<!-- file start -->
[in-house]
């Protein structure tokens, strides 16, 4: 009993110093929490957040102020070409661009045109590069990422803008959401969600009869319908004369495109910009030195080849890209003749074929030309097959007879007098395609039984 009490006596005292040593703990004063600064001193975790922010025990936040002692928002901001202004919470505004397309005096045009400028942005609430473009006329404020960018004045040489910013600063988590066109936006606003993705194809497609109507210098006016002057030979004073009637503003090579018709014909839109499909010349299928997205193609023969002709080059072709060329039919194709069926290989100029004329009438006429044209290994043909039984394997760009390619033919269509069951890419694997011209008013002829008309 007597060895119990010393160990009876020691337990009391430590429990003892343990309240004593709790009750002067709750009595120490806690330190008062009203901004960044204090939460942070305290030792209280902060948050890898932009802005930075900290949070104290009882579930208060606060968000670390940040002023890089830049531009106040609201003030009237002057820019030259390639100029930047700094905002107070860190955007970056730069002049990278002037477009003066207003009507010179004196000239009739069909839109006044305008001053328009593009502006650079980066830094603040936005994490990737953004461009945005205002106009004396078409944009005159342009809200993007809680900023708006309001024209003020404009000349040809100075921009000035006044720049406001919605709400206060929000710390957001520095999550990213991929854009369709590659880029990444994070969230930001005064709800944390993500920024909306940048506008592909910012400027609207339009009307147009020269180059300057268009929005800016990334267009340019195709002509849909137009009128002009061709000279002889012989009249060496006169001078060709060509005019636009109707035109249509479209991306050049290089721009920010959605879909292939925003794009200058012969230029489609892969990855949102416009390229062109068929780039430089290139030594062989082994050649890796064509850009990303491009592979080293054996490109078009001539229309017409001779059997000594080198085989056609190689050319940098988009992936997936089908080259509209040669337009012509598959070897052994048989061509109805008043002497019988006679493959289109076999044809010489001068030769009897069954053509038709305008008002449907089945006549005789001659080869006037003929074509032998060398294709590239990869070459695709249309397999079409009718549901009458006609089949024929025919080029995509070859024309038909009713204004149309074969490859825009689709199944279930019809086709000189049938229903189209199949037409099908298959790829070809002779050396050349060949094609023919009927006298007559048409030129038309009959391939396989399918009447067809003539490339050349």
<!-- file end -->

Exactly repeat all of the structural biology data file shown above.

[in-house]
């Protein structure tokens, strides 16, 4: 009993110093929490957040102020070409661009045109590069990422803008959401969600009869319908004369495109910009030195080849890209003749074929030309097959007879007098395609039984 009490006596005292040593703990004063600064001193975790922010025990936040002692928002901001202004919470505004397309005096045009400028942005609430473009006329404020960018004045040489910013600063988590066109936006606003993705194809497609109507210098006016002057030979004073009637503003090579018709014909839109499909010349299928997205193609023969002709080059072709060329039919194709069926290989100029004329009438006429044209290994043909039984394997760009390619033919269509069951890419694997011209008013002829008309 007597060895119990010393160990009876020691337990009391430590429990003892343990309240004593709790009750002067709750009595120490806690330190008062009203901004960044204090939460942070305290030792209280902060948050890898932009802005930075900290949070104290009882579930208060606060968000670390940040002023890089830049531009106040609201003030009237002057820019030259390639100029930047700094905002107070860190955007970056730069002049990278002037477009003066207003009507010179004196000239009739069909839109006044305008001053328009593009502006650079980066830094603040936005994490990737953004461009945005205002106009004396078409944009005159342009809200993007809680900023708006309001024209003020404009000349040809100075921009000035006044720049406001919605709400206060929000710390957001520095999550990213991929854009369709590659880029990444994070969230930001005064709800944390993500920024909306940048506008592909910012400027609207339009009307147009020269180059300057268009929005800016990334267009340019195709002509849909137009009128002009061709000279002889012989009249060496006169001078060709060509005019636009109707035109249509479209991306050049290089721009920010959605879909292939925003794009200058012969230029489609892969990855949102416009390229062109068929780039430089290139030594062989082994050649890796064509850009990303491009592979080293054996490109078009001539229309017409001779059997000594080198085989056609190689050319940098988009992936997936089908080259509209040669337009012509598959070897052994048989061509109805008043002497019988006679493959289109076999044809010489001068030769009897069954053509038709305008008002449907089945006549005789001659080869006037003929074509032998060398294709590239990869070459695709249309397999079409009718549901009458006609089949024929025919080029995509070859024309038909009713204004149309074969490859825009689709199944279930019809086709000189049938229903189209199949037409099908298959790829070809002779050396050349060949094609023919009927006298007559048409030129038309009959391939396989399918009447067809003539490339050349």